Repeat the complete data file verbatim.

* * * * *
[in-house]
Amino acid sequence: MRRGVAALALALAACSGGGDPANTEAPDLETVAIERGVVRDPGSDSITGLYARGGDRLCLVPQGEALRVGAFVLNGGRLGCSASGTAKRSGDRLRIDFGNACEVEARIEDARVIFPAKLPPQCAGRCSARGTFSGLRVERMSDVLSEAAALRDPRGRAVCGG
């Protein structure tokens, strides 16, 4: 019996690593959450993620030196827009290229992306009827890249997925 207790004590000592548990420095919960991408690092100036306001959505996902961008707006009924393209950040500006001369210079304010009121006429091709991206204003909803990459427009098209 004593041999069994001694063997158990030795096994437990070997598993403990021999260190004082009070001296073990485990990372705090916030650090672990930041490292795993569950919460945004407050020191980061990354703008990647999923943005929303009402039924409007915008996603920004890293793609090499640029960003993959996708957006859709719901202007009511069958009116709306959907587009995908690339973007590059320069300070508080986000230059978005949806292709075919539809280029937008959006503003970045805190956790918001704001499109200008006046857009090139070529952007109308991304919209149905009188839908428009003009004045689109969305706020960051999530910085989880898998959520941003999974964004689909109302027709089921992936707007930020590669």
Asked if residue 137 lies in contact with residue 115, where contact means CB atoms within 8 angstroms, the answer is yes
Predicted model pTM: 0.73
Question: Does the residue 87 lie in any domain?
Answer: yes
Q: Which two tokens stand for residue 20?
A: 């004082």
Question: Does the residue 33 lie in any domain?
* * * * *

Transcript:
[in-house]
Amino acid sequence: MRRGVAALALALAACSGGGDPANTEAPDLETVAIERGVVRDPGSDSITGLYARGGDRLCLVPQGEALRVGAFVLNGGRLGCSASGTAKRSGDRLRIDFGNACEVEARIEDARVIFPAKLPPQCAGRCSARGTFSGLRVERMSDVLSEAAALRDPRGRAVCGG
């Protein structure tokens, strides 16, 4: 019996690593959450993620030196827009290229992306009827890249997925 207790004590000592548990420095919960991408690092100036306001959505996902961008707006009924393209950040500006001369210079304010009121006429091709991206204003909803990459427009098209 004593041999069994001694063997158990030795096994437990070997598993403990021999260190004082009070001296073990485990990372705090916030650090672990930041490292795993569950919460945004407050020191980061990354703008990647999923943005929303009402039924409007915008996603920004890293793609090499640029960003993959996708957006859709719901202007009511069958009116709306959907587009995908690339973007590059320069300070508080986000230059978005949806292709075919539809280029937008959006503003970045805190956790918001704001499109200008006046857009090139070529952007109308991304919209149905009188839908428009003009004045689109969305706020960051999530910085989880898998959520941003999974964004689909109302027709089921992936707007930020590669």
Asked if residue 137 lies in contact with residue 115, where contact means CB atoms within 8 angstroms, the answer is yes
Predicted model pTM: 0.73
Question: Does the residue 87 lie in any domain?
Answer: yes
Q: Which two tokens stand for residue 20?
A: 């004082």
Question: Does the residue 33 lie in any domain?